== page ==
Greenpeace Says Samsung Should Copy Apple’s Environmental Initiatives

2 minute read
| Editorial

Greenpeace released its 2017 Guide to Greener Electronics on Tuesday, and the organization’s publicity lead is that Samsung needs to copy Apple. The report simultaneously praises Apple’s efforts on green energy (which it graded an A), while shaming Samsung for its dismal efforts to be environmentally responsible.

“Samsung is both the largest manufacturer of smartphones worldwide and a supplier of key components to many of the other brands in the Guide,” Greenpeace wrote in its report, “yet the company is holding the sector back by failing to tackle its climate change responsibility by committing to 100% renewable energy for its operations. The company used more than 16,000 GWh of energy in 2016, with just 1% coming from renewables.”

Samsung was also criticized for its stalled commitment to product detox, reducing greenhouse emissions, poorly engineered products (breakable), transparency, and other areas examined by Greenpeace. Apple got high marks in most of those areas, though both companies were dinged for planned obsolescence and repairability of consumer devices.

The report wasn’t only about Apple and Samsung, however. All told, some 17 companies were graded, as shown below. Apple got the second highest overall grade, a B-, with Fairphone getting the highest Grade, a B. Though Google got some praise for its Data Center renewable energy efforts, overall Google got a D+ and Samsung got a D-. Amazon and Apple-wannabe Xiaomi got an F.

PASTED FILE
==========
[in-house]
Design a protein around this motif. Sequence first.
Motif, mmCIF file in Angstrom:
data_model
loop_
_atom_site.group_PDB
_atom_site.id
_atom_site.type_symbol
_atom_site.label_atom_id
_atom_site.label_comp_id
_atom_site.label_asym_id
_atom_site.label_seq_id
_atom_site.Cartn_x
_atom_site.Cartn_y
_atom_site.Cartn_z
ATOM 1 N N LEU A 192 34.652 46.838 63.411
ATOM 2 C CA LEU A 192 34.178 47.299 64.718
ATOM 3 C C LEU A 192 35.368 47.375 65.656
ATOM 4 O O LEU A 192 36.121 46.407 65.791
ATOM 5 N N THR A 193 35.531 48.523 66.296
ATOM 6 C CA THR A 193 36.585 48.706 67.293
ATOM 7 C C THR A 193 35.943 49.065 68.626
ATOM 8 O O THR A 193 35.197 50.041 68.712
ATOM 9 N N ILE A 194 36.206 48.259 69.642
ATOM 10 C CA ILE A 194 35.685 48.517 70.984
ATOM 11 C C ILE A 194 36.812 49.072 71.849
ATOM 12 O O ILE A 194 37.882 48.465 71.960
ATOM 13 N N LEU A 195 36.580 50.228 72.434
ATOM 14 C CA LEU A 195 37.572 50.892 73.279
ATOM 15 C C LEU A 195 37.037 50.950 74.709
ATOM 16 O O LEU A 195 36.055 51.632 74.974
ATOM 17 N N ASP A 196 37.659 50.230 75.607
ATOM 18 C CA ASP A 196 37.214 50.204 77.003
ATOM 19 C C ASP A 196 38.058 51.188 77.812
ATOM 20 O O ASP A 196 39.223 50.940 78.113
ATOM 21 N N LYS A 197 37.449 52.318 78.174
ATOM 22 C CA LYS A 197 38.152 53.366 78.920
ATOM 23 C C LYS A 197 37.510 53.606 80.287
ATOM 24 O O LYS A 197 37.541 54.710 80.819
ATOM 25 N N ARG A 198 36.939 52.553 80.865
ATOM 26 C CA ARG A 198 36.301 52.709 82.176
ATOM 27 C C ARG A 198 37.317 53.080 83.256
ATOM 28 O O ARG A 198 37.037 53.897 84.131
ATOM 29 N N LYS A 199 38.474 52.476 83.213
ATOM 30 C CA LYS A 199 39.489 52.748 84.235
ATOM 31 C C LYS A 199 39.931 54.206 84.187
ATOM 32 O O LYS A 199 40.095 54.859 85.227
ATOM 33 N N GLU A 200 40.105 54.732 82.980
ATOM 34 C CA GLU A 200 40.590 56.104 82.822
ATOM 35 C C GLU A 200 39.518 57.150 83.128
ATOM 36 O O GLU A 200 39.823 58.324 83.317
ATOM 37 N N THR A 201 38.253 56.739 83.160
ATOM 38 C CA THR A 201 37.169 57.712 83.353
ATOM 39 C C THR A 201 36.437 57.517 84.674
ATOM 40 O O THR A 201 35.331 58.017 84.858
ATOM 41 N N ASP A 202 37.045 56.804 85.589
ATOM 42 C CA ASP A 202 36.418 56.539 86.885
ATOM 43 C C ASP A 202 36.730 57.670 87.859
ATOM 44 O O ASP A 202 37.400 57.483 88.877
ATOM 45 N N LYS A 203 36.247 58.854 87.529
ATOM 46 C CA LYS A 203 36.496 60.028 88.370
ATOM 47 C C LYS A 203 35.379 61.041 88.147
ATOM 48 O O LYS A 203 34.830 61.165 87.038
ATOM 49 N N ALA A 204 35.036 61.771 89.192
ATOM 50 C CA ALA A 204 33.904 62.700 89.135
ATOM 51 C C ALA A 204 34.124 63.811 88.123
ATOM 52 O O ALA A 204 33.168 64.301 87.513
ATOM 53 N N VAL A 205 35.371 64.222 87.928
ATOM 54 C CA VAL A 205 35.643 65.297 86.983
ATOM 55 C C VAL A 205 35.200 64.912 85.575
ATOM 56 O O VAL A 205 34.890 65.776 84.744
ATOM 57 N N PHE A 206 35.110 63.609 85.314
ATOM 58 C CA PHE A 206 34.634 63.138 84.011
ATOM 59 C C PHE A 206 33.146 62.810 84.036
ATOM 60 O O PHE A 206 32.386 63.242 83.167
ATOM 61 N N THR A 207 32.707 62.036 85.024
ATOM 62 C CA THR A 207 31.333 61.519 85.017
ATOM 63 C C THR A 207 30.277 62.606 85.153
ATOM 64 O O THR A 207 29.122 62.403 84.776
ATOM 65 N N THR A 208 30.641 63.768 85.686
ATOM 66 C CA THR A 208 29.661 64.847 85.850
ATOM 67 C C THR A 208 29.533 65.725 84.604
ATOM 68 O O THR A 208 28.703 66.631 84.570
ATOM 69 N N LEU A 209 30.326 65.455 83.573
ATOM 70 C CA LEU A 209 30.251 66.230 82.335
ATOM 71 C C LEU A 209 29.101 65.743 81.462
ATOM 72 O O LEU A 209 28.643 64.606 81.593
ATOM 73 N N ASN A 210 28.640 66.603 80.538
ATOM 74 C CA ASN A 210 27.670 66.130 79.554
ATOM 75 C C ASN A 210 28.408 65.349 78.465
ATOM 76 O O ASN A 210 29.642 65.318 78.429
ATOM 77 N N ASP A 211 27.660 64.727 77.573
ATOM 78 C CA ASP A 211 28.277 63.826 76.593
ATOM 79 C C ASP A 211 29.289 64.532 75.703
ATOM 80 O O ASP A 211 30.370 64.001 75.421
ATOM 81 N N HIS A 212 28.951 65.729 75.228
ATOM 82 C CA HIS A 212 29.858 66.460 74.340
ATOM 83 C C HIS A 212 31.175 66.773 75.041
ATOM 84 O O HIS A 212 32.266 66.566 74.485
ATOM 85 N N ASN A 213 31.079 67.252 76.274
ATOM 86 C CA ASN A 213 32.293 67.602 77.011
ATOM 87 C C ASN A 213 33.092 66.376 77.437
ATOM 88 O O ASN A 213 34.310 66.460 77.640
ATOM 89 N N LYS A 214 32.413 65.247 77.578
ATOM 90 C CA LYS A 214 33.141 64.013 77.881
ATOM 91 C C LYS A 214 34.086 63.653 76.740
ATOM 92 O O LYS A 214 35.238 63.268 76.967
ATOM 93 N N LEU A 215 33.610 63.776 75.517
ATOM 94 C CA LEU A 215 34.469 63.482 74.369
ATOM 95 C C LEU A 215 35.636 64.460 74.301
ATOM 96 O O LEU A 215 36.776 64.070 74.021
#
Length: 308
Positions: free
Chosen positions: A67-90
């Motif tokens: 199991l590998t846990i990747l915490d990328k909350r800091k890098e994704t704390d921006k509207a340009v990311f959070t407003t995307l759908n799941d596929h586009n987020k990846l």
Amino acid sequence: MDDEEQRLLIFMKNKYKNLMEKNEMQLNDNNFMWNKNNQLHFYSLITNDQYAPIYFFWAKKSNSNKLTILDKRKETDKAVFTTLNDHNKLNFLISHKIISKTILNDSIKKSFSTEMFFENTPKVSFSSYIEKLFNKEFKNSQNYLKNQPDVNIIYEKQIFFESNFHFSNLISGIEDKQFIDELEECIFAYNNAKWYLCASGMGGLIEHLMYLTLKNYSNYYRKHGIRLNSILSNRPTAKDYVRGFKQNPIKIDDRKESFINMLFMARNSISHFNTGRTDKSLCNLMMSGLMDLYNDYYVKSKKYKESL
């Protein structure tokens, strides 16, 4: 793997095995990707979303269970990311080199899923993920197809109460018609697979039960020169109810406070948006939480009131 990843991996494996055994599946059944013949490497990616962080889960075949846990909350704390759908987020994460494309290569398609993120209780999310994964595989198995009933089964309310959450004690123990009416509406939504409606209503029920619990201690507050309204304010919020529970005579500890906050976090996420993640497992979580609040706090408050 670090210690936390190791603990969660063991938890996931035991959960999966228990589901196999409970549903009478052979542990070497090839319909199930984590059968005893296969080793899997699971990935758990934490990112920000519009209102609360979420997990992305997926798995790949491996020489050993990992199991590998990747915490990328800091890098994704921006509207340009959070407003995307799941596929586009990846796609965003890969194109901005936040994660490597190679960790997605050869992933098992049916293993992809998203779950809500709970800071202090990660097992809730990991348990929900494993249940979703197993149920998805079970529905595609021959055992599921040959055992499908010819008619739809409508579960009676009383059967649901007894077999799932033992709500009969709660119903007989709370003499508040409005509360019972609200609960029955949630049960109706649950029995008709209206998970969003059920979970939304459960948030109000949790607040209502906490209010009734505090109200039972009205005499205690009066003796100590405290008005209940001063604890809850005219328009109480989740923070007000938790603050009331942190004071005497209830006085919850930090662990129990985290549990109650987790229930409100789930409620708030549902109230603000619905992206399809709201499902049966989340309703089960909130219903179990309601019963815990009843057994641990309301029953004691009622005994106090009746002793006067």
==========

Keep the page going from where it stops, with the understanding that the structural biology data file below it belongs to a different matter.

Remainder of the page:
2017 Guide to Greener Electronics Report Cards

Greenpeace’s 2017 Guide to Greener Electronics Report Cards

Greenpeace Praises Apple

Apple wasn’t seen as perfect in this report, just the company that’s setting the bar for everyone else. Resource consumption and planned obsolescence were two of the biggest complaints, though Greenpeace acknowledged and praised Apple’s efforts to move to a closed-loop supply chain.

“Despite impressive progress a number of companies have made in starting the transition of their offices and data centers to renewable energy,” Greenpeace wrote, “nearly all of the companies have yet to address the rapidly growing carbon footprint and dependence on dirty energy in their supply chains. Apple is the only company thus far that has committed to 100% renewable power for its supply chain.”

The report also said, “Apple’s April 2017 goal to move toward a closed-loop supply chain for all its products established a new high bar for the whole sector to work towards. Apple’s goal does not include a timeline at this point or details on how the company will achieve this goal in spite of metallurgy constraints, but the company has privately analyzed 44 different materials it sources considering environmental and human rights issues to determine which would be priority to source closed-loop.”

Copy This, Please

Wittingly or unwittingly, Greenpeace is subtly echoing something Apple CEO Tim Cook has said. On more than one occasion, Mr. Cook has said he hoped Apple’s competitors would follow in Apple’s footsteps in the environment. The reality is that while every company on the planet seems to want to copy in design, feature, and style, few have come even close to matching Apple’s aggressive policies in the environment.

That’s especially true of its chief copier, Samsung.

There’s a lot more in the full report.

One Comment Add a comment

  1. geoduck

    Ironically Greenpeace issued a whitepaper to announce this.

    Oh and I’m sure Xiaomi is losing sleep over this /s

Add a Comment

Log in to comment (TMO, Twitter, Facebook) or Register for a TMO Account